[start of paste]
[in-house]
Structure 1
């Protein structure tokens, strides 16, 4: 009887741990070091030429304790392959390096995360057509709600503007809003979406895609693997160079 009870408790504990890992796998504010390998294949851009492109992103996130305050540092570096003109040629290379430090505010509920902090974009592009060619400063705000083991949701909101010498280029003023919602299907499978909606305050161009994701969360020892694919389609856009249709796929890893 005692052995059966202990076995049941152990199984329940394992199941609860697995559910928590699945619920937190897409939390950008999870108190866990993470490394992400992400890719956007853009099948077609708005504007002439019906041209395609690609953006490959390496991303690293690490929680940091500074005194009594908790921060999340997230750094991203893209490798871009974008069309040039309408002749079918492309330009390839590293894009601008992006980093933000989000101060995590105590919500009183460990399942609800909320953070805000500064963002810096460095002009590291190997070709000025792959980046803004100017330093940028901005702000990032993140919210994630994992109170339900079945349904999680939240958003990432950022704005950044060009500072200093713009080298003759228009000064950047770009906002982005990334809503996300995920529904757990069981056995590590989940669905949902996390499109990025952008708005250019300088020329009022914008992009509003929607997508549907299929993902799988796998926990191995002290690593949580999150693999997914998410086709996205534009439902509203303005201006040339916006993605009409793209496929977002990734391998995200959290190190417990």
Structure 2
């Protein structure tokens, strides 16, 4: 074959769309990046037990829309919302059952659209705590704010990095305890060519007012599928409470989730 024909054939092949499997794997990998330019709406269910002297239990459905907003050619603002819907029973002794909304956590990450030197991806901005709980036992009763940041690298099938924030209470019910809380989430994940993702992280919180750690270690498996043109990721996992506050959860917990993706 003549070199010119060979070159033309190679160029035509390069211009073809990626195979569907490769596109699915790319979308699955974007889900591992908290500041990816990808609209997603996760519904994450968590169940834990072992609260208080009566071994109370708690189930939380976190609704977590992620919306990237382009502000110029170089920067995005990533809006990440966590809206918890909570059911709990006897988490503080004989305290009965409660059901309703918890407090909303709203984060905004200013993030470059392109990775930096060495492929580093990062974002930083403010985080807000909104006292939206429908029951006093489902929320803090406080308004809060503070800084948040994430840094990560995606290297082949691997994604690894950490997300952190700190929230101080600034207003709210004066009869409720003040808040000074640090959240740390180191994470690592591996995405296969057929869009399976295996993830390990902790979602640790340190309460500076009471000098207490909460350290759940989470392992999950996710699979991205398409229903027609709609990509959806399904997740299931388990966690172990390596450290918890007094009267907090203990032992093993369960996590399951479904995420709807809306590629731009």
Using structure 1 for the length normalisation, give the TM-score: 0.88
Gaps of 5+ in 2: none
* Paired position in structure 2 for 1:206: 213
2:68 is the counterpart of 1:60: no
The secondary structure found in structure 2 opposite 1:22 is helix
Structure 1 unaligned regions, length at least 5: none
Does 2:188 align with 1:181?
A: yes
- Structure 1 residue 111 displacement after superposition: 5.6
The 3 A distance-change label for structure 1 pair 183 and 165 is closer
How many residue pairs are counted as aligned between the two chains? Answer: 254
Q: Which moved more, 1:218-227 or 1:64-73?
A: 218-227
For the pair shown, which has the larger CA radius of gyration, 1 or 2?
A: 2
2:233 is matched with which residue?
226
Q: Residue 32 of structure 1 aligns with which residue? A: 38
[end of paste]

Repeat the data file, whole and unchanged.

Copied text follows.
[in-house]
Structure 1
């Protein structure tokens, strides 16, 4: 009887741990070091030429304790392959390096995360057509709600503007809003979406895609693997160079 009870408790504990890992796998504010390998294949851009492109992103996130305050540092570096003109040629290379430090505010509920902090974009592009060619400063705000083991949701909101010498280029003023919602299907499978909606305050161009994701969360020892694919389609856009249709796929890893 005692052995059966202990076995049941152990199984329940394992199941609860697995559910928590699945619920937190897409939390950008999870108190866990993470490394992400992400890719956007853009099948077609708005504007002439019906041209395609690609953006490959390496991303690293690490929680940091500074005194009594908790921060999340997230750094991203893209490798871009974008069309040039309408002749079918492309330009390839590293894009601008992006980093933000989000101060995590105590919500009183460990399942609800909320953070805000500064963002810096460095002009590291190997070709000025792959980046803004100017330093940028901005702000990032993140919210994630994992109170339900079945349904999680939240958003990432950022704005950044060009500072200093713009080298003759228009000064950047770009906002982005990334809503996300995920529904757990069981056995590590989940669905949902996390499109990025952008708005250019300088020329009022914008992009509003929607997508549907299929993902799988796998926990191995002290690593949580999150693999997914998410086709996205534009439902509203303005201006040339916006993605009409793209496929977002990734391998995200959290190190417990």
Structure 2
């Protein structure tokens, strides 16, 4: 074959769309990046037990829309919302059952659209705590704010990095305890060519007012599928409470989730 024909054939092949499997794997990998330019709406269910002297239990459905907003050619603002819907029973002794909304956590990450030197991806901005709980036992009763940041690298099938924030209470019910809380989430994940993702992280919180750690270690498996043109990721996992506050959860917990993706 003549070199010119060979070159033309190679160029035509390069211009073809990626195979569907490769596109699915790319979308699955974007889900591992908290500041990816990808609209997603996760519904994450968590169940834990072992609260208080009566071994109370708690189930939380976190609704977590992620919306990237382009502000110029170089920067995005990533809006990440966590809206918890909570059911709990006897988490503080004989305290009965409660059901309703918890407090909303709203984060905004200013993030470059392109990775930096060495492929580093990062974002930083403010985080807000909104006292939206429908029951006093489902929320803090406080308004809060503070800084948040994430840094990560995606290297082949691997994604690894950490997300952190700190929230101080600034207003709210004066009869409720003040808040000074640090959240740390180191994470690592591996995405296969057929869009399976295996993830390990902790979602640790340190309460500076009471000098207490909460350290759940989470392992999950996710699979991205398409229903027609709609990509959806399904997740299931388990966690172990390596450290918890007094009267907090203990032992093993369960996590399951479904995420709807809306590629731009």
Using structure 1 for the length normalisation, give the TM-score: 0.88
Gaps of 5+ in 2: none
* Paired position in structure 2 for 1:206: 213
2:68 is the counterpart of 1:60: no
The secondary structure found in structure 2 opposite 1:22 is helix
Structure 1 unaligned regions, length at least 5: none
Does 2:188 align with 1:181?
A: yes
- Structure 1 residue 111 displacement after superposition: 5.6
The 3 A distance-change label for structure 1 pair 183 and 165 is closer
How many residue pairs are counted as aligned between the two chains? Answer: 254
Q: Which moved more, 1:218-227 or 1:64-73?
A: 218-227
For the pair shown, which has the larger CA radius of gyration, 1 or 2?
A: 2
2:233 is matched with which residue?
226
Q: Residue 32 of structure 1 aligns with which residue? A: 38